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Youth Plant a Forest Full of Possibilities


Image of youth studying the trees in a forest in Uganda
 “Forests are used as a source of
cooking materials like firewood,
which are cheaper and in many
cases [obtained] at no costs,”
said 16-year-old Nalutaaya.

The benefits of two new forests have captured the attention of youth in the Masodde community in Uganda.


“Forests help in giving us fresh air, especially those who live near them because at times it can be so hot, but they help in bringing cool air,” said Mutasingwa, a 14-year-old student at Masodde Muslim School.

The project was made possible by funding and guidance from ChildFund Uganda. ChildFund’s programs are dedicated to serving the needs of infants, children and youth worldwide. 

Eight acres of eucalyptus trees and six acres of pine trees line the forest floor providing shade, fresh air, lumber and, it is hoped, a boost for the economy. ChildFund staff, children and their parents initially planted more than 10,000 eucalyptus trees and 5,000 pine trees for the project.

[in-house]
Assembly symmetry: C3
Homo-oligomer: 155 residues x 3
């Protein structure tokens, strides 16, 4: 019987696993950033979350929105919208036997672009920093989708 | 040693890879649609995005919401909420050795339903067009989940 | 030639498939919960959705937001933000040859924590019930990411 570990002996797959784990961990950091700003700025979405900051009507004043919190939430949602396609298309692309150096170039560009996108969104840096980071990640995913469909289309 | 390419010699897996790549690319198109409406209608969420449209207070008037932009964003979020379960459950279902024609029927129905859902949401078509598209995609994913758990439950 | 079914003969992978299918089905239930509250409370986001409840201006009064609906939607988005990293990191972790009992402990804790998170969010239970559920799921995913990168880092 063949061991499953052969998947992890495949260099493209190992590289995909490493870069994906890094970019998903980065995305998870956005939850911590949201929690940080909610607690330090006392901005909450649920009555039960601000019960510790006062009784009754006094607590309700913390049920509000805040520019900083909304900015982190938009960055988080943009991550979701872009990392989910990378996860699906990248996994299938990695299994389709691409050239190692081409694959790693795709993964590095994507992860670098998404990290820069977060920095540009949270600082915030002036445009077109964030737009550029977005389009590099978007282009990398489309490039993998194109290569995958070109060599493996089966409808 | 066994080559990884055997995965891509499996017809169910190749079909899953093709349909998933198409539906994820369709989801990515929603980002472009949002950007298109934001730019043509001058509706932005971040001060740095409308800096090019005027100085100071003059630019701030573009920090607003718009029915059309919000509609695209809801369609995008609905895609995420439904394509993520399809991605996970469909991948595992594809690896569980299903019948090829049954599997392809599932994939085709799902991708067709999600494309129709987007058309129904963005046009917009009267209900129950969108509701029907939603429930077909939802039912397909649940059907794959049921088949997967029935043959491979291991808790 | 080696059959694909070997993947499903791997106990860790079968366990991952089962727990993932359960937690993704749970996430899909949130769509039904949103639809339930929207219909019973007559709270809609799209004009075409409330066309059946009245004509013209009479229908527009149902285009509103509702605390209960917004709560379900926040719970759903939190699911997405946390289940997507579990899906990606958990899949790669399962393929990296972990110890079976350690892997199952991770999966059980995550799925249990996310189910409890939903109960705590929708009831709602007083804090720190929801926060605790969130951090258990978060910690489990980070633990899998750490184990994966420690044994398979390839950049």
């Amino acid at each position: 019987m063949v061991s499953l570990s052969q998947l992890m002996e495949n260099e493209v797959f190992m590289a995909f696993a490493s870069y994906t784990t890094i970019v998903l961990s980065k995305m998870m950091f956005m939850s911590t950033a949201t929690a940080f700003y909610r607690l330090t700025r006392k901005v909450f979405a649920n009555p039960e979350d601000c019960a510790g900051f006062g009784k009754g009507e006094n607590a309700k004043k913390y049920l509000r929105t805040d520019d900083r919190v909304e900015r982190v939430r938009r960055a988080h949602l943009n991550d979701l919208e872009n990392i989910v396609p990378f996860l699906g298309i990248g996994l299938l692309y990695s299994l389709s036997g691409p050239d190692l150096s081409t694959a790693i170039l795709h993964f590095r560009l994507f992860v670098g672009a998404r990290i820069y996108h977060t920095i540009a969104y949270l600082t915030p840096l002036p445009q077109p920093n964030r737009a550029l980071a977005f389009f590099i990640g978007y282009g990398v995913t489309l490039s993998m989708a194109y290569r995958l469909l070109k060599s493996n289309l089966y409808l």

Environmental protection is among the key issues toward improving living conditions in the area. Masodde has seen excessive environmental degradation by humans using the land for fuel, medicine and building materials. The new forests now provide fresh and cool air for the community, as well as help soil erosion.

“Forests provide fresh air when there is too much sunshine,” said Nalubega, a 14-year-old student at St. Andrew Primary School. “Those forests normally contain fresh air, which is always enjoyed by the people around them.”

The trees also serve as a major source of firewood to the community. Many children come to the forest to collect small, dry tree branches and take them home for firewood.

“Forests are used as a source of cooking materials like firewood, which are cheaper and in many cases [obtained] at no costs,” said Nalutaaya, a 16-year-old student at Masodde Muslim Primary School.

The community hopes the forests provide an economic boost as well. ChildFund Uganda staff members say that money will be made by selling timber for firewood and housing projects. Eucalyptus trees, which grow tall and straight, can be sold as electric poles.

“Forests will be a major source of timber, which will be mainly used in house construction, and houses are very important to us,” said Nalubega.

Community members also benefit from the fruits on the trees. In addition, the trees provide a habitat for wild animals such as monkeys and birds.